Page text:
‘I Want My Tears Back‘ (“the tax collector’s comin!”) wins the award for most provocative title.  The mere concept brings to mind heartbreaks/relationships past.  This is another uptempo tune with both the angelic (female) and straight, almost growly (male) vocal counterparts.  Nemo‘ features more of the sky angel vocals (courtesy of Floor) and a thumping drum/bass figure.  Last of the Wilds‘ includes a really sweet introduction, upon listening to which I was reminded of bagpipes, for some reason.  Probably best not to linger over that one for too long… Nice guitar solo at the close, by the way.

Bless the Child is a vocal tour-de-force, featuring slamming thrash chords and some pretty cool drum work as well.  Romanticide‘ is another heavy head-banger, chock full of riffs and another tasty guitar solo at 2:30.  Also more of the chanting vocals mentioned before, and some RIFFS!  Again, I noticed on the video that the audience knew ALL the words.  Bull for them!   ‘Amaranth is a sequence of slamming chords with only a brief breakdown for us to catch our breath, then we go into the next two numbers, both epic in their own right, from sheer length if nothing else.

‘Ghost Love Score‘, at 10:30, is a mammoth epic.  Most of us would look at the sheer length along and think ‘o gee whiz not another long, boring prog-fest’.  Fear not, dear readers – this one moves along at a nice cracking pace!  The intro could only be described as slamming symphonics, for lack of better words.  All the elements come together here; the angelic vocals, the cool bass lines, etc.  At the one-minute mark we settle into the main groove, which is interrupted by a guitar solo at 3:50 and a break of forest flute and synths, which could probably best be described as a classical interlude (4:30).  At the 8-minute mark it’s back to the main story, so to speak, then another crescendo, both musically and vocally, at the close.  What a piece of work this one is!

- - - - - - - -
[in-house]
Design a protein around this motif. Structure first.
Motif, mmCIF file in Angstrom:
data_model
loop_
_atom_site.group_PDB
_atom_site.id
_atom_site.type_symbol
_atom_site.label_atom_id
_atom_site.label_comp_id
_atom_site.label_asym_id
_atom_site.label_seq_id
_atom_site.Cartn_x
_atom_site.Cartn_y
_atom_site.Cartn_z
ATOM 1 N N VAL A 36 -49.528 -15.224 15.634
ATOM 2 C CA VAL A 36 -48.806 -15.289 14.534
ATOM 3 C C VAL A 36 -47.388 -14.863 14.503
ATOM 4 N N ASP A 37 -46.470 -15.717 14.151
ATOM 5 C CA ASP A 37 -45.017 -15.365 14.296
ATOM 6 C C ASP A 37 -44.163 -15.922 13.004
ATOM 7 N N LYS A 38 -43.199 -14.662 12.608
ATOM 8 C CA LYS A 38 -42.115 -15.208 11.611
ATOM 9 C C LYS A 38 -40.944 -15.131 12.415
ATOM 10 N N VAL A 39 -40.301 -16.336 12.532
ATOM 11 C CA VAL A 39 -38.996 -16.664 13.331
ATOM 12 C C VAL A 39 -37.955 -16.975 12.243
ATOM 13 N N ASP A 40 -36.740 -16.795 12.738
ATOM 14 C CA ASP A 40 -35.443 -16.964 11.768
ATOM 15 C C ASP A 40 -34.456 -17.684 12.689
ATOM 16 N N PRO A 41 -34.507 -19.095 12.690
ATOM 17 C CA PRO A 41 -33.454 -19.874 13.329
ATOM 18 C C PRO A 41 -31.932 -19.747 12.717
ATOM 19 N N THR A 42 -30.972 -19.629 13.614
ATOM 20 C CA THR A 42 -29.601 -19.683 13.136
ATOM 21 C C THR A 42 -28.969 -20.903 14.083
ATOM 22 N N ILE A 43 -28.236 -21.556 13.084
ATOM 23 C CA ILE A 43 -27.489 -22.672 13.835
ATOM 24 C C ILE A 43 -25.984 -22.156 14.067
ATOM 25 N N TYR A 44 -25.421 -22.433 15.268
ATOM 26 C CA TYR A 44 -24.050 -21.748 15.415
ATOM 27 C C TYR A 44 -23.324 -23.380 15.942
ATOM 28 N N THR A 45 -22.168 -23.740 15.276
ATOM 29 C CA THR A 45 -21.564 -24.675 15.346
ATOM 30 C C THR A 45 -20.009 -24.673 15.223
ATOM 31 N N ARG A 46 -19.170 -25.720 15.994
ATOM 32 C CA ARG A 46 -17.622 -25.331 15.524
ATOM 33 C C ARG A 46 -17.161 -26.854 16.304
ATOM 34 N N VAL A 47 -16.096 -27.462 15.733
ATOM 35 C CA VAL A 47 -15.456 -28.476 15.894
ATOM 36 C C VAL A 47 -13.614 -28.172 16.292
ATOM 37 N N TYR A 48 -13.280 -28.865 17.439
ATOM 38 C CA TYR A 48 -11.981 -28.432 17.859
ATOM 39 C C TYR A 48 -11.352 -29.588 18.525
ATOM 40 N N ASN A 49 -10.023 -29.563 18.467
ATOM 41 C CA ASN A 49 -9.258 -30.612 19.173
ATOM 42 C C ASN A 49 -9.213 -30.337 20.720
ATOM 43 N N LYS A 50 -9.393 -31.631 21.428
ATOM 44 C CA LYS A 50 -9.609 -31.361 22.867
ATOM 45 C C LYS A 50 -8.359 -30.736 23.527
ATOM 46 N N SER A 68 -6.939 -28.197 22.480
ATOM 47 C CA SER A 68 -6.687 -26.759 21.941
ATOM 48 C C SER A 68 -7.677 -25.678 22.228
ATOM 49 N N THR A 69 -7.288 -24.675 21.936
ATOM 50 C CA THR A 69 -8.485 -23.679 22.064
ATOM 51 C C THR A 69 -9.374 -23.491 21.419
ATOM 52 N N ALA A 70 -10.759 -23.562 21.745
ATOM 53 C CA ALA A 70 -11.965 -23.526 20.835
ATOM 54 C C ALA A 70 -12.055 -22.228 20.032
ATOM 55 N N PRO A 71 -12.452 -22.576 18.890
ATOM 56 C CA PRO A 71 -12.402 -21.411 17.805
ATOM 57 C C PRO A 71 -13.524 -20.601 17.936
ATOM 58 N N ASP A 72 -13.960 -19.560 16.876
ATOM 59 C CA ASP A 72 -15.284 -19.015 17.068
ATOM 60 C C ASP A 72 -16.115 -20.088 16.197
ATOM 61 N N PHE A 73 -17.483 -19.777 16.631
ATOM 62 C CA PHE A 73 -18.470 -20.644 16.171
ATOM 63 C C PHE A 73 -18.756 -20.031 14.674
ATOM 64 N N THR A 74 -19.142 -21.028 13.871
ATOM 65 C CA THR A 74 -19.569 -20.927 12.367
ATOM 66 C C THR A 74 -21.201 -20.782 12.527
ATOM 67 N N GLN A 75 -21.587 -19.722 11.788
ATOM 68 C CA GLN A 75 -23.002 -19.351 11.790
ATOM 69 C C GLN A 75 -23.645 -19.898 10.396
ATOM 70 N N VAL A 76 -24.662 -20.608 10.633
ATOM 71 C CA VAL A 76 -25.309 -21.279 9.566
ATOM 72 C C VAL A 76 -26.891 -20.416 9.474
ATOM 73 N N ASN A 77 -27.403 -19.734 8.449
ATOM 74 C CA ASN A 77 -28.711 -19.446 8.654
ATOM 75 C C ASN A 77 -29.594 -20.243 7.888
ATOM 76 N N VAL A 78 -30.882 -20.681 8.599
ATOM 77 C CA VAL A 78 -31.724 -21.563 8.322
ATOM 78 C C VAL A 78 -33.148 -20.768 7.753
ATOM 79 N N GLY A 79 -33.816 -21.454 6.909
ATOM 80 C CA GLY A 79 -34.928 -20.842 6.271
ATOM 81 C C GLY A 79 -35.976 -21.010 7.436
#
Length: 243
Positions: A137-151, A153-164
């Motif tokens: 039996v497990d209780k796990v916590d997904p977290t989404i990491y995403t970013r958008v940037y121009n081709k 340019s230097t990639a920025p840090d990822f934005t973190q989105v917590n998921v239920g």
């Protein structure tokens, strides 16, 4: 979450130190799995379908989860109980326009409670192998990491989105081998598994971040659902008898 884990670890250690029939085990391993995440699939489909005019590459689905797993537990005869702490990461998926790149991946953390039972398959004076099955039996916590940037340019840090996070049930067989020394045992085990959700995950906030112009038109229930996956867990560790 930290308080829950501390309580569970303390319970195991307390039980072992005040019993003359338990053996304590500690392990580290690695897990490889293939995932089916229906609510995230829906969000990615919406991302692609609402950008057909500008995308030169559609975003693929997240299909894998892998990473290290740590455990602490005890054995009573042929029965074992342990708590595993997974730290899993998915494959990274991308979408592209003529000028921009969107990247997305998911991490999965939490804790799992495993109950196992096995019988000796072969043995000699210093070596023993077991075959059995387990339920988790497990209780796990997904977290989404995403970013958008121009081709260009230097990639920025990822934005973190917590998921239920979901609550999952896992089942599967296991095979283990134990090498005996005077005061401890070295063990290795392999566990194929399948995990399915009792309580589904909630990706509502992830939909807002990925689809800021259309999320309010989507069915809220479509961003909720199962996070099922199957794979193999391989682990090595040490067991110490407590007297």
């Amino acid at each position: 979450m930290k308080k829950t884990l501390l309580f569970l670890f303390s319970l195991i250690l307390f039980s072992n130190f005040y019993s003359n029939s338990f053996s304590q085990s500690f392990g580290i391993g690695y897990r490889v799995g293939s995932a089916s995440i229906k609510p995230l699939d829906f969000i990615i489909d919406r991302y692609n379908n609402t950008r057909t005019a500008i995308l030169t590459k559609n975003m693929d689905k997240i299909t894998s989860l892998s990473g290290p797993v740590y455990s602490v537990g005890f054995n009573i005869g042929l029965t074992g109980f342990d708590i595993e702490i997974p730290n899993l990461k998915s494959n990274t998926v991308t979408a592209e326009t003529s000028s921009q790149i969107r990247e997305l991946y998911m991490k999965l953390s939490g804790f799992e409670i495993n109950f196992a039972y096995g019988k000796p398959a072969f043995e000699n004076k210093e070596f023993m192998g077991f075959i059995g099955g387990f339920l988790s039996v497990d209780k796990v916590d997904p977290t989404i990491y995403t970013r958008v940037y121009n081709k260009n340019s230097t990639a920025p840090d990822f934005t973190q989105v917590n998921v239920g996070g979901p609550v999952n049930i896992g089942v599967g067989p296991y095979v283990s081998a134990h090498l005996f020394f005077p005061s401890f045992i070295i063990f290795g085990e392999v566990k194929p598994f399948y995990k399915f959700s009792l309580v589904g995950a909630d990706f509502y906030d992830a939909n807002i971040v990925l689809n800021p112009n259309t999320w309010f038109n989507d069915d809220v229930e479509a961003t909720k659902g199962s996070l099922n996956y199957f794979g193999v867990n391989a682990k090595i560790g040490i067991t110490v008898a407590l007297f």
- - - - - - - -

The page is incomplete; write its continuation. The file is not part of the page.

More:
‘Song of Myself‘ is another hard slammer, featuring what sounds like violin (probably synth) and those chanting vocals again!  The drummer gets pretty busy here, and Floor sounds, by turns, delicate and menacing.  At 1:15 things kick into place, cementing both vocals and musical concerns directly into our brains.  If nothing else, the music itself is very demanding of our interest, particularly when viewing the videos.  These folks are enigmatic, and their passion transfixes us – at least, that’s the effect they had on me!  At the half-way point, they show no signs of slowing.  Instead, they just shift gears and show us how hard they can slam.  Outstanding stuff!  I suppose it doesn’t hurt that Floor is very easy on the eyes, as well…

‘Last Ride of the Day‘ is dramatic at the very least.  Again the intro slams us into complete submission, and the drums and guitars remind us they are not just background fodder.  Bass and keys come into play as well here, and we are suddenly made to realize that Nightwish are not going silently into that good night.  Not until the next number, that is; Imaginaerum (Outro)‘ is indeed, just that.  One gets the impression that, during this number, the crowd would begin filing towards the doors — but wait, we’re outdoors!  Never mind, then!  Full marks for sheer musicality and audacity!

*****/5